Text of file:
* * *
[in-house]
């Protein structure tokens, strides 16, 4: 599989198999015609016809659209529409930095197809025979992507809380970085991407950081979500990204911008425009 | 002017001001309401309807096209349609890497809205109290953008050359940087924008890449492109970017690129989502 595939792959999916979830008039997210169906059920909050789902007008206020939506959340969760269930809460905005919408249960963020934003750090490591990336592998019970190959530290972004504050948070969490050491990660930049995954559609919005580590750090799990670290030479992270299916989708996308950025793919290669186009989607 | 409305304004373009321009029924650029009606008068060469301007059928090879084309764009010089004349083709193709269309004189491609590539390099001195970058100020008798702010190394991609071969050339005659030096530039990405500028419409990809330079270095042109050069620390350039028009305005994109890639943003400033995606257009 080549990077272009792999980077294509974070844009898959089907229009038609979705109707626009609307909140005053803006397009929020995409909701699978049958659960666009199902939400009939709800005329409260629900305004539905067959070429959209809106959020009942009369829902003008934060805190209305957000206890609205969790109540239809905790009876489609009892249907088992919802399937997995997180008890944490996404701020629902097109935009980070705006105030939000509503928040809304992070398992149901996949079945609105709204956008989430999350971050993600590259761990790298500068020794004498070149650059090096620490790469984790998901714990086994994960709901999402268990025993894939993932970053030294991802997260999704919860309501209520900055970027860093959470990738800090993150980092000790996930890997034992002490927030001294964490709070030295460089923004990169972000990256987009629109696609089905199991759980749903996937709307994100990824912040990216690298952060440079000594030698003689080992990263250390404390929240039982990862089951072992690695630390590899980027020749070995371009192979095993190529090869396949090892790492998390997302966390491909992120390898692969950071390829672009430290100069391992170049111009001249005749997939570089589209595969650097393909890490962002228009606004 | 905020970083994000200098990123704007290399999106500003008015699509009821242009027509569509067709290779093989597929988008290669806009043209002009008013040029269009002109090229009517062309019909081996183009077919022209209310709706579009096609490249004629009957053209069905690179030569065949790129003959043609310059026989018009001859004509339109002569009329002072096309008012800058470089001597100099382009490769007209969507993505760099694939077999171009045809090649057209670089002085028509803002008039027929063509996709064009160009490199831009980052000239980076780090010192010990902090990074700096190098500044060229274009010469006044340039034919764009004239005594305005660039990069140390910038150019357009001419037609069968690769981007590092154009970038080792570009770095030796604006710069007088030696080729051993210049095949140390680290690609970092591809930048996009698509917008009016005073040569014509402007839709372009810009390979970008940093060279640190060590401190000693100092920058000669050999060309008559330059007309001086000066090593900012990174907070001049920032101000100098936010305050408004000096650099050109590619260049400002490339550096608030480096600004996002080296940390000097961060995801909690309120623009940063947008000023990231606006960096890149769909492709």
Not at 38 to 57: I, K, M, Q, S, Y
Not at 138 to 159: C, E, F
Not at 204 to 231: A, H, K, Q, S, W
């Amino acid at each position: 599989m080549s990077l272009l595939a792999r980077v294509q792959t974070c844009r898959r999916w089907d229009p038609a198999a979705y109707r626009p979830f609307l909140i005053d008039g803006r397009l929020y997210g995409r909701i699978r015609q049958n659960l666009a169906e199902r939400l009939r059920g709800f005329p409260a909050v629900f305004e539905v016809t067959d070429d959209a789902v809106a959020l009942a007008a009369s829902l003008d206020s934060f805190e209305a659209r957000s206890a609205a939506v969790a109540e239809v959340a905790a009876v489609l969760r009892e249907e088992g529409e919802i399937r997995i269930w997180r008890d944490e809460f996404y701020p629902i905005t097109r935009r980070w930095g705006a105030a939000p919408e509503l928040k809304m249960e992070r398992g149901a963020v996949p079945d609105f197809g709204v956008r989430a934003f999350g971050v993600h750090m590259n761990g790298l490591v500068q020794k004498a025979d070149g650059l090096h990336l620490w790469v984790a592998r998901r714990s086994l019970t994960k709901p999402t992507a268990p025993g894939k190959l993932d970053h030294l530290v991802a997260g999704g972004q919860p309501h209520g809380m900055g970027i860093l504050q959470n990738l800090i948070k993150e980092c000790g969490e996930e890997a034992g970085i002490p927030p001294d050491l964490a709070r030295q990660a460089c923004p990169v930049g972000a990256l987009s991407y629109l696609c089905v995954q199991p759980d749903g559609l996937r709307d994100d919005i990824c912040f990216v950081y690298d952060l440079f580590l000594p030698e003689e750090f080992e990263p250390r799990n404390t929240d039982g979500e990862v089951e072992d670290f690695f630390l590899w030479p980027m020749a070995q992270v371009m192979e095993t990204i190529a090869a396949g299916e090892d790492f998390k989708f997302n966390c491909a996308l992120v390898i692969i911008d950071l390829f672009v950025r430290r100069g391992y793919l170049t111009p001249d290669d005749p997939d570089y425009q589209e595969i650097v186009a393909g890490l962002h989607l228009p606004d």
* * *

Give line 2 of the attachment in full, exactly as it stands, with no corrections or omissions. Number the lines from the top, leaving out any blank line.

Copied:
């Protein structure tokens, strides 16, 4: 599989198999015609016809659209529409930095197809025979992507809380970085991407950081979500990204911008425009 | 002017001001309401309807096209349609890497809205109290953008050359940087924008890449492109970017690129989502 595939792959999916979830008039997210169906059920909050789902007008206020939506959340969760269930809460905005919408249960963020934003750090490591990336592998019970190959530290972004504050948070969490050491990660930049995954559609919005580590750090799990670290030479992270299916989708996308950025793919290669186009989607 | 409305304004373009321009029924650029009606008068060469301007059928090879084309764009010089004349083709193709269309004189491609590539390099001195970058100020008798702010190394991609071969050339005659030096530039990405500028419409990809330079270095042109050069620390350039028009305005994109890639943003400033995606257009 080549990077272009792999980077294509974070844009898959089907229009038609979705109707626009609307909140005053803006397009929020995409909701699978049958659960666009199902939400009939709800005329409260629900305004539905067959070429959209809106959020009942009369829902003008934060805190209305957000206890609205969790109540239809905790009876489609009892249907088992919802399937997995997180008890944490996404701020629902097109935009980070705006105030939000509503928040809304992070398992149901996949079945609105709204956008989430999350971050993600590259761990790298500068020794004498070149650059090096620490790469984790998901714990086994994960709901999402268990025993894939993932970053030294991802997260999704919860309501209520900055970027860093959470990738800090993150980092000790996930890997034992002490927030001294964490709070030295460089923004990169972000990256987009629109696609089905199991759980749903996937709307994100990824912040990216690298952060440079000594030698003689080992990263250390404390929240039982990862089951072992690695630390590899980027020749070995371009192979095993190529090869396949090892790492998390997302966390491909992120390898692969950071390829672009430290100069391992170049111009001249005749997939570089589209595969650097393909890490962002228009606004 | 905020970083994000200098990123704007290399999106500003008015699509009821242009027509569509067709290779093989597929988008290669806009043209002009008013040029269009002109090229009517062309019909081996183009077919022209209310709706579009096609490249004629009957053209069905690179030569065949790129003959043609310059026989018009001859004509339109002569009329002072096309008012800058470089001597100099382009490769007209969507993505760099694939077999171009045809090649057209670089002085028509803002008039027929063509996709064009160009490199831009980052000239980076780090010192010990902090990074700096190098500044060229274009010469006044340039034919764009004239005594305005660039990069140390910038150019357009001419037609069968690769981007590092154009970038080792570009770095030796604006710069007088030696080729051993210049095949140390680290690609970092591809930048996009698509917008009016005073040569014509402007839709372009810009390979970008940093060279640190060590401190000693100092920058000669050999060309008559330059007309001086000066090593900012990174907070001049920032101000100098936010305050408004000096650099050109590619260049400002490339550096608030480096600004996002080296940390000097961060995801909690309120623009940063947008000023990231606006960096890149769909492709």